There's no evidence that food additives cause attention-deficit/hyperactivity disorder (ADHD), but some studies show that certain food colorings and preservatives may increase hyperactive behavior in some children. Because several studies have looked at a combination of food additives and their possible effects on hyperactivity and ADHD, it isn't clear which additives might affect behavior.
Food additives that may increase hyperactive behavior include:
- Sodium benzoate
- FD&C Yellow No. 6 (sunset yellow)
- D&C Yellow No. 10 (quinoline yellow)
- FD&C Yellow No. 5 (tartrazine)
- FD&C Red No.40 (allura red)
The British government has requested that food manufacturers remove most artificial food dyes from their products. In the U.S., the Food and Drug Administration (FDA) requires that FD&C Yellow No. 5 be clearly labeled on food packaging along with other ingredients. But many colorings and food additives don't require labeling. The FDA's food advisory committee has determined that studies to date have not proved a link between food colorings and hyperactive behavior. More research is needed regarding whether limiting certain foods helps prevent hyperactivity and ADHD symptoms.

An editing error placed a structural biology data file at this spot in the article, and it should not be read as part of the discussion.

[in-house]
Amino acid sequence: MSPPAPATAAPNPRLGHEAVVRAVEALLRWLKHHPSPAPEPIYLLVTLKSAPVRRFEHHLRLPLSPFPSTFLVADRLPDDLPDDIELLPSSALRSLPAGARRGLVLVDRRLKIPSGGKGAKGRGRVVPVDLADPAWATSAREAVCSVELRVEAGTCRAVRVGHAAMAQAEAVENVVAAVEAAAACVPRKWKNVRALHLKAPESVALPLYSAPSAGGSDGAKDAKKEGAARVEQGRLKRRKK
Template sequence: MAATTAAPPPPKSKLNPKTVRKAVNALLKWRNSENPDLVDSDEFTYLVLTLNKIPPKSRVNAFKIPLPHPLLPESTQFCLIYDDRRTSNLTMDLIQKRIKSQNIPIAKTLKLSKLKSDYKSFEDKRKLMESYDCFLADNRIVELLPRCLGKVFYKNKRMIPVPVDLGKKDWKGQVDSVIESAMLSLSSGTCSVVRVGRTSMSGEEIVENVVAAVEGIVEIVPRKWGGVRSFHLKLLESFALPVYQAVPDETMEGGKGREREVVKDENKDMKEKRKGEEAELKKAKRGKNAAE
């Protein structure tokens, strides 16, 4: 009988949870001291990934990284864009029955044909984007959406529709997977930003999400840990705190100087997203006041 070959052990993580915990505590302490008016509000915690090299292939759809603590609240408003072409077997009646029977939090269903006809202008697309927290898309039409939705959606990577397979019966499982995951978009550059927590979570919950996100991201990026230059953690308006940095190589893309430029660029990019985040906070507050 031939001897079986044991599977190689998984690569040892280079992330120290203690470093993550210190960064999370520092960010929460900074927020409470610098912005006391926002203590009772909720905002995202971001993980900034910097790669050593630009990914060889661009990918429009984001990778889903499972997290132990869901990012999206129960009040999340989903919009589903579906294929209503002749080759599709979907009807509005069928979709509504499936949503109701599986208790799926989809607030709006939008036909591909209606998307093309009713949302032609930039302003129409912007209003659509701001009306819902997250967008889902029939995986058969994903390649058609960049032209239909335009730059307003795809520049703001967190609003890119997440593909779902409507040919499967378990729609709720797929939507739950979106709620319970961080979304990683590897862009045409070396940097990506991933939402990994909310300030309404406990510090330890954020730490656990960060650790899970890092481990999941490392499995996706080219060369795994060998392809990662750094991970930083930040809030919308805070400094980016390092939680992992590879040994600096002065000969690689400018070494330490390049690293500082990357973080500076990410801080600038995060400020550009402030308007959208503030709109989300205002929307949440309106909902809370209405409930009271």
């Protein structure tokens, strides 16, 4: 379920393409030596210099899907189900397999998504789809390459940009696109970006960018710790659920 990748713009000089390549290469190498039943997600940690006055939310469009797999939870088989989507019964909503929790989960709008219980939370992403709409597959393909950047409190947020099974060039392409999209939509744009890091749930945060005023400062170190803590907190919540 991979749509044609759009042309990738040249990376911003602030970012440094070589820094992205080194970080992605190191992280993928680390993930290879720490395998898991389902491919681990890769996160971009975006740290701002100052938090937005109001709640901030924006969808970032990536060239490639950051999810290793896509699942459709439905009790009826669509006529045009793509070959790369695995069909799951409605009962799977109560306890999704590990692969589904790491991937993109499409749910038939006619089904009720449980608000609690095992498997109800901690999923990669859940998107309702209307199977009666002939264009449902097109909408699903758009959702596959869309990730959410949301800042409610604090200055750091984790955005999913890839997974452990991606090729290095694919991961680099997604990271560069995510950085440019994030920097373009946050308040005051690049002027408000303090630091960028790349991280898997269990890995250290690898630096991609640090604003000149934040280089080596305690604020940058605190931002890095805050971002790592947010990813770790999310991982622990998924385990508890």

Talk with your child's doctor about the pros and cons of trying an elimination diet to see if it makes a difference. Make sure your doctor or a dietitian helps supervise the diet plan, however. A diet that eliminates too many foods can be unhealthy because it may lack necessary vitamins and nutrients.
The approach for your child's overall health and nutrition is a diet that limits sugary and processed foods and is rich in fruits; vegetables; grains; and healthy fats, such as omega-3 fatty acids found in fish, flaxseed and other foods.
be well, feel better
The right nutrition and three squares a day will help you lose fat fast!
Don't undermine the efforts of your loved ones who are trying to slim down.
If you've opened a SkyMall lately, you know there are dozens of products out there designed to clean indoor air. But do they actually work? We asked the experts what you really need.
A review of the eight biggest headlines of the year
From sleeping in to using vodka in place of hand sanitizer, check out the surprising stay-well secrets that real experts swear by.
In the dregs of winter it's easy to get down. So we reached out to Keri Glassman, nutritionist and author of The New You and Improved Diet, for some tips on how to keep those blues at bay.
Eat more and get slimmer (we promise!) by shopping from this list of truly satisfying, cravings-curbing foods.
How to fight colds, heartburn, joint pain, allergies, and other ailments by choosing the right food.